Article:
Other functions

Additional functions are available but they are not documented in the DCS Web API Spec and so they are not fully documented here as they are not officially supported for use by third parties. The functions provided have been reversed engineered from analysis of how the front end user interface works and so they are to be used at your own risk and their behaviour may change at any time. These are available within the pythondcspro module which is supplied as part of this project. This module essentially duplicates the standard functionality and so can be used in place of pythondcs, but with additional features, some of which can modify the DCS database and so are to be used at your own risk. Please see the source code inline comments within this file for further details.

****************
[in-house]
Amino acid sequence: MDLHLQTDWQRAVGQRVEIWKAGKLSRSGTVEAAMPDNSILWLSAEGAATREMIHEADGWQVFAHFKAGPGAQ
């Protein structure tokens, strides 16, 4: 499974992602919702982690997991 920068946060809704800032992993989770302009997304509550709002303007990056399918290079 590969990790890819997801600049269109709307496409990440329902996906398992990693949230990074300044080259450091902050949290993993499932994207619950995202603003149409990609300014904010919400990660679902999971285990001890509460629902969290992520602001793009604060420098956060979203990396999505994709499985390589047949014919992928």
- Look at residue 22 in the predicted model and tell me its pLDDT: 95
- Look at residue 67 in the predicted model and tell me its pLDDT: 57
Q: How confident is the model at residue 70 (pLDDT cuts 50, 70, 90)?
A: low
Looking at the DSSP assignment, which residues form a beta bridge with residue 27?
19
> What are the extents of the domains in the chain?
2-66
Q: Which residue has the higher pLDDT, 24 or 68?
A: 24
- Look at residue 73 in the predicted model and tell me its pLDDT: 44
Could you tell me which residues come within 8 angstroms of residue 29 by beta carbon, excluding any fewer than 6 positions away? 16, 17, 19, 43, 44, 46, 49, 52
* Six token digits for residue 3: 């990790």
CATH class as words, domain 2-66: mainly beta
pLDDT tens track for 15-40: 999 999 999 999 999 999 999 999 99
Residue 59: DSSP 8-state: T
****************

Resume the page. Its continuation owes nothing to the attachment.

Mark Jarvis - LinkedIn | GitHub | PyPi

I'm employed by University of Warwick Estates Office, Energy & Sustainability Team as a Sustainability Engineer and as part of this role I am responsible for managing the University's several thousand meters and remote metering infrastructure based on Coherent Research's equipment and DCS Software platform. While this module will inevitably be used within my work to cleanse and analyse data, and may benefit other users within or collaborating with the University for research projects, this module was written exclusively as a personal project since I'm not employed as a software developer!

Contributions & Feature requests

For bugs, or feature requests, please contact me via GitHub or raise an issue.


This project is licensed under the GNU General Public License v3.0 - see the LICENSE file for details